With Scotland and all things Scottish very much in the air, acclaimed writer, comedian and now ex-pat, AL Kennedy, reflects on what Scottishness means to her in this new series of The Essay. Today: tartan, the kilt and a sense of identity.
A L Kennedy was born in Dundee, and now lives in London. She is the award-winning author of 6 novels, 6 short story collections and 3 works of non-fiction. Her latest short story collection, ‘All the Rage’, was published in Spring 2014.
Written and performed by A L Kennedy Published on July 14, 2014.
If it is true that we spend adulthood trying to reconstruct the warm, free, and happy fantasy places of childhood, then it will be interesting to find out how a generation brought up on the Sims can nostalgically rework its computer-mediated memories of geographical play.
On the one hand we want to protect children, but on the other we want them to relive our own imagined childhood adventures. Play professionals are asked to both secure children from risk and introduce them to risk by prying them from the grip of screen-based leisure.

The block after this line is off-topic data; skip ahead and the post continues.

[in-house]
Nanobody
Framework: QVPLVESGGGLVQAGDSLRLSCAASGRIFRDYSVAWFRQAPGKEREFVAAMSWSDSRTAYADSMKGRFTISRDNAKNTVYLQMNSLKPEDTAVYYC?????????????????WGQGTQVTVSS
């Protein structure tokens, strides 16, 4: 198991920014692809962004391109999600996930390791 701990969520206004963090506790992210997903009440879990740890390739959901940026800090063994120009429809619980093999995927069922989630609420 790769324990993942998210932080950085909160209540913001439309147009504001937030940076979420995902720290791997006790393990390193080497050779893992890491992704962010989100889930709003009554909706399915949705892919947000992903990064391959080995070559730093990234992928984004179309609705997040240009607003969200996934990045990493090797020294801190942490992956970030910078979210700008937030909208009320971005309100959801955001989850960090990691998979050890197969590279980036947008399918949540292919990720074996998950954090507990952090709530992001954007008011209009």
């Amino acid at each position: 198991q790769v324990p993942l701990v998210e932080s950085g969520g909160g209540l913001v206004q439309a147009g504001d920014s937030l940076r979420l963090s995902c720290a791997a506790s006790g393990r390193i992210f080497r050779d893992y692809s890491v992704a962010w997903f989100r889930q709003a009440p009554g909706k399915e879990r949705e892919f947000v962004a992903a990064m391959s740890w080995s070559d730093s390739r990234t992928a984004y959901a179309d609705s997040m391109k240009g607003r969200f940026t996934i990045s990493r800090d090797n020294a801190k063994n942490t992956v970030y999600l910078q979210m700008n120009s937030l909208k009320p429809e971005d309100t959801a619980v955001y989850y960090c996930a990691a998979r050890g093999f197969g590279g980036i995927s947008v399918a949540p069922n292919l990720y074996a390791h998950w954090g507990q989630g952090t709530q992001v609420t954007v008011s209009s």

Den-making is a particular kind of play, not with dolls or toy guns but with place. It’s a form of play that is particularly private and vulnerable. Any adult or teenage presence can destroy it at once: a looming face would reduce Paul’s and my dens to a dull clutter of sticks. For adults it’s hard to recapture this ephemeral, playful approach to place-making because, as we grow up, we get used again to the idea that the meaning of places is fixed and not ours to command.
As we forget what we once intuitively understood, the point of real places, it becomes ever easier to be convinced that mobility—ceaseless, on-the-go motion—has intrinsic value: that going to places is more important than being in places.
For borders are far more than lines of exclusion—their profusion reflects the varied nature of people’s political and cultural choices. The paradox of borders is that they close down free movement yet suggest a world of choices and possibility.